Slowe’s ATA title came in the middle of a stint teaching at Armstrong Manual Training School, one of three black high schools in Washington, DC where Slowe also served as dean of girls for one year. In 1919, the District of Columbia’s Board of Education asked her to create the first black junior high school in its system, and then appointed her principal. She led the school until 1922.
New Role as Dean of Women: In 1922, Slowe accepted a newly created position at Howard University – Dean of Women. Like many new positions, much of the content for a position description had yet to be written. To ensure success in this new role, Slowe studied the procedures of female deans at other universities and maintained close ties with Columbia’s Dr. Romiett Stevens, who developed the first course for female deans in the United States.
Perhaps the most notable of Slowe’s early achievements at Howard was the establishment of a women’s campus. Stressing the need for female students to have a dedicated area on campus for their physical and social development as well as for the training of their minds. Her efforts led to the building of three new dormitories for females on Howard’s campus.
In the early to mid-1920s great changes were taking place on the campuses of black colleges. Slowe was at the forefront of ensuring the roles of African-Americans on these campuses. In 1922 she helped organize and served as the first president of the National Association of College Women (NACW), an organization dedicated to raising the standards in colleges for black women, developing women faculty, and securing scholarships.
As many of my readers already know, when you are the first to do what you do, and there is no script for how to do it, and the outcomes for what things should look like are yet to be determined, there will be some ruffling of feathers. Slowe definitely ruffled her share of feathers back in the day, and that included some on the campus of Howard University.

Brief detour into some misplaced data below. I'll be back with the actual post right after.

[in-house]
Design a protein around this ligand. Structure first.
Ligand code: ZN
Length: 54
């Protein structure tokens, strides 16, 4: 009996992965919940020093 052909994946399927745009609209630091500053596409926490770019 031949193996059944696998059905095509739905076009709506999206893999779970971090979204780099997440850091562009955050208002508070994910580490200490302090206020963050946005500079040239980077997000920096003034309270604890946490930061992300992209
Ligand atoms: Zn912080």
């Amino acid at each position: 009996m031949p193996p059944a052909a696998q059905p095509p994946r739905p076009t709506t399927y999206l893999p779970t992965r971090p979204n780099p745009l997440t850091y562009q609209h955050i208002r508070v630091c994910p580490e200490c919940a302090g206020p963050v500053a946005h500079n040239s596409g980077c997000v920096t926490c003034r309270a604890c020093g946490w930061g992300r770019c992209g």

“Her desire to empower black women students and faculty put her at odds with the university’s first black president, Mordecai Johnson [and other staff],” according to Linda Perkins in the Journal of Negro History. “Johnson, an ordained Baptist preacher and a graduate of Morehouse College, was appointed president in 1926. Although he hired many black women for the faculty at Howard, he held traditional and paternalistic views.”
To be fair to Dr. Johnson, he was not the only male or administrator who thought this way. As a friend regularly says, “That’s the way they rolled back in the day.” Gender inequalities were alive and well in the academy and just about any other place during the first half of the 20th century. Women and persons of color are still battling some of these issues today.
Johnson rejected Slowe’s views on gender equality and the empowering of women and was somewhat appalled by her liberal attitudes towards women in general. Within months of his arrival, and until her death in 1937, Johnson and Slowe had consistent clashes concerning her role, authority, equitable pay, and the overall status of women at Howard. Often progress is preceded by a struggle.
The appointment of female deans to African-American colleges was also an important mission of the NACW. Through her experiences as the first formally trained dean of women students, she also attempted to convince college presidents that the position was one to be filled by an education professional and not the typical “matron” that had traditionally been placed in the role.
Howard hosted the first meeting of the National Association of Women’s Deans and Advisors of Colored Schools (NAWDACS) in 1929. The forum provided Slowe, who served as the organization’s first president, with the opportunity to outline the changes needed for female administrators on college campuses. Her work on behalf of females was so respected at the time that she was invited to address the predominately white National Association of Women Deans in 1931, the first African-American to do so.